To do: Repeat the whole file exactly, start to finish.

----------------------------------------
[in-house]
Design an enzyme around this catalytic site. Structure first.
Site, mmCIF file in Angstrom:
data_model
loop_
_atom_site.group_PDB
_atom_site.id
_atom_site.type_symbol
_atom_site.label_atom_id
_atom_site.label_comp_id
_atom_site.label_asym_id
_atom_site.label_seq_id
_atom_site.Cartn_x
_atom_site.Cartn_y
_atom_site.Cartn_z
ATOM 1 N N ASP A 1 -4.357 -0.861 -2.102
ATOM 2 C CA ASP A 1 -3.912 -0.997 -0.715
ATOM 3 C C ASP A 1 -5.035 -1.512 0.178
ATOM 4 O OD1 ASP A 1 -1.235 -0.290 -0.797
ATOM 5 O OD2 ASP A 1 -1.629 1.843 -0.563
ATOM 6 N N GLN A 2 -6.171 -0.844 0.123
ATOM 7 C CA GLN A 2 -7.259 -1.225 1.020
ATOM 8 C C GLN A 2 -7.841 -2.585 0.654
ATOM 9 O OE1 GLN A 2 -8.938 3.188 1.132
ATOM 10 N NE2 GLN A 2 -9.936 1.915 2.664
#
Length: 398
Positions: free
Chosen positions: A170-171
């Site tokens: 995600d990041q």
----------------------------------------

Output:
[in-house]
Design an enzyme around this catalytic site. Structure first.
Site, mmCIF file in Angstrom:
data_model
loop_
_atom_site.group_PDB
_atom_site.id
_atom_site.type_symbol
_atom_site.label_atom_id
_atom_site.label_comp_id
_atom_site.label_asym_id
_atom_site.label_seq_id
_atom_site.Cartn_x
_atom_site.Cartn_y
_atom_site.Cartn_z
ATOM 1 N N ASP A 1 -4.357 -0.861 -2.102
ATOM 2 C CA ASP A 1 -3.912 -0.997 -0.715
ATOM 3 C C ASP A 1 -5.035 -1.512 0.178
ATOM 4 O OD1 ASP A 1 -1.235 -0.290 -0.797
ATOM 5 O OD2 ASP A 1 -1.629 1.843 -0.563
ATOM 6 N N GLN A 2 -6.171 -0.844 0.123
ATOM 7 C CA GLN A 2 -7.259 -1.225 1.020
ATOM 8 C C GLN A 2 -7.841 -2.585 0.654
ATOM 9 O OE1 GLN A 2 -8.938 3.188 1.132
ATOM 10 N NE2 GLN A 2 -9.936 1.915 2.664
#
Length: 398
Positions: free
Chosen positions: A170-171
């Site tokens: 995600d990041q």